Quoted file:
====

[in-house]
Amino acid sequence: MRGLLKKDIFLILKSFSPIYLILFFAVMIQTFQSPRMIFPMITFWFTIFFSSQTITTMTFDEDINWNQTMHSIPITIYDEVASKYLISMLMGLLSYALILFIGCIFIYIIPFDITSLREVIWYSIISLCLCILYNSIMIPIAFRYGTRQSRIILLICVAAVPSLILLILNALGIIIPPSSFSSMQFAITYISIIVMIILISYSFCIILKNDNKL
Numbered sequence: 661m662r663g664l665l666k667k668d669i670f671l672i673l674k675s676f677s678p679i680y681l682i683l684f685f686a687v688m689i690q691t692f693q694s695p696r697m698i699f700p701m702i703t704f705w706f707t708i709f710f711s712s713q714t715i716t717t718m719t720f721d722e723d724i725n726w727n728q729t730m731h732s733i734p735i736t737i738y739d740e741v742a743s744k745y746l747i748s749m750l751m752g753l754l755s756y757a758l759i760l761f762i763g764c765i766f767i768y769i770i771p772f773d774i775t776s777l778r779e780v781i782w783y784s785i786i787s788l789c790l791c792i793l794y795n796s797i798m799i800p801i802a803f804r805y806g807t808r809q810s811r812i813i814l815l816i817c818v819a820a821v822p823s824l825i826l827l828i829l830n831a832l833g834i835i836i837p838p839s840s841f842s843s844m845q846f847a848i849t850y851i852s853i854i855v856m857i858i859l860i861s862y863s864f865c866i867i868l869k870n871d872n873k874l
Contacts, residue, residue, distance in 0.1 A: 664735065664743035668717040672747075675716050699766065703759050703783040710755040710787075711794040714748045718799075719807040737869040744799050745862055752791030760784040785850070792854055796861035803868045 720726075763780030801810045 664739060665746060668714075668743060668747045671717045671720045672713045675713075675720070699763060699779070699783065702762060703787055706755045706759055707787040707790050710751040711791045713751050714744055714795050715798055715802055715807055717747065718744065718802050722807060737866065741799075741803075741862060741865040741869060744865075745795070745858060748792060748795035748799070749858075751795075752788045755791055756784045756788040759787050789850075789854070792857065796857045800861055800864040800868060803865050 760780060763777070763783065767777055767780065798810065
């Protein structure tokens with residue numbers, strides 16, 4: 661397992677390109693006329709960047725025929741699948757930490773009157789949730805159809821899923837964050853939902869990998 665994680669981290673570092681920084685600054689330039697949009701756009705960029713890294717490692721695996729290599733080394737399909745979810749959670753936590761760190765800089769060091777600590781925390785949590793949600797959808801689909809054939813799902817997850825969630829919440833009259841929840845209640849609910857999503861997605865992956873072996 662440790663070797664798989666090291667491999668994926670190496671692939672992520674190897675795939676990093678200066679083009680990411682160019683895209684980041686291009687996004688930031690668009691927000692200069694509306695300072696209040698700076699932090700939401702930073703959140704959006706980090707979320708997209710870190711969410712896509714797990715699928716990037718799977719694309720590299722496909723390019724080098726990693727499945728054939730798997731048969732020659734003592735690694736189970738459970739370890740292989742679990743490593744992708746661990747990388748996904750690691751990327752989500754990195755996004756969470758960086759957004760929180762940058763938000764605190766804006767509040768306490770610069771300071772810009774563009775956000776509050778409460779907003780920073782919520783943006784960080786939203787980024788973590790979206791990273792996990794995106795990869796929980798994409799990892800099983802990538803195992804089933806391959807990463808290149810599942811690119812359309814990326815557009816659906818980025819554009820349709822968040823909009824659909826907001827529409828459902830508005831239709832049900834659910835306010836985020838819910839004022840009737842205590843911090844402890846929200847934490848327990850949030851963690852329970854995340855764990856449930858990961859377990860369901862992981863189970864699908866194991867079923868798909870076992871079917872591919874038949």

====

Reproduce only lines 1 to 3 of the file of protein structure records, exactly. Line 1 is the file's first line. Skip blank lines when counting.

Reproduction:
[in-house]
Amino acid sequence: MRGLLKKDIFLILKSFSPIYLILFFAVMIQTFQSPRMIFPMITFWFTIFFSSQTITTMTFDEDINWNQTMHSIPITIYDEVASKYLISMLMGLLSYALILFIGCIFIYIIPFDITSLREVIWYSIISLCLCILYNSIMIPIAFRYGTRQSRIILLICVAAVPSLILLILNALGIIIPPSSFSSMQFAITYISIIVMIILISYSFCIILKNDNKL
Numbered sequence: 661m662r663g664l665l666k667k668d669i670f671l672i673l674k675s676f677s678p679i680y681l682i683l684f685f686a687v688m689i690q691t692f693q694s695p696r697m698i699f700p701m702i703t704f705w706f707t708i709f710f711s712s713q714t715i716t717t718m719t720f721d722e723d724i725n726w727n728q729t730m731h732s733i734p735i736t737i738y739d740e741v742a743s744k745y746l747i748s749m750l751m752g753l754l755s756y757a758l759i760l761f762i763g764c765i766f767i768y769i770i771p772f773d774i775t776s777l778r779e780v781i782w783y784s785i786i787s788l789c790l791c792i793l794y795n796s797i798m799i800p801i802a803f804r805y806g807t808r809q810s811r812i813i814l815l816i817c818v819a820a821v822p823s824l825i826l827l828i829l830n831a832l833g834i835i836i837p838p839s840s841f842s843s844m845q846f847a848i849t850y851i852s853i854i855v856m857i858i859l860i861s862y863s864f865c866i867i868l869k870n871d872n873k874l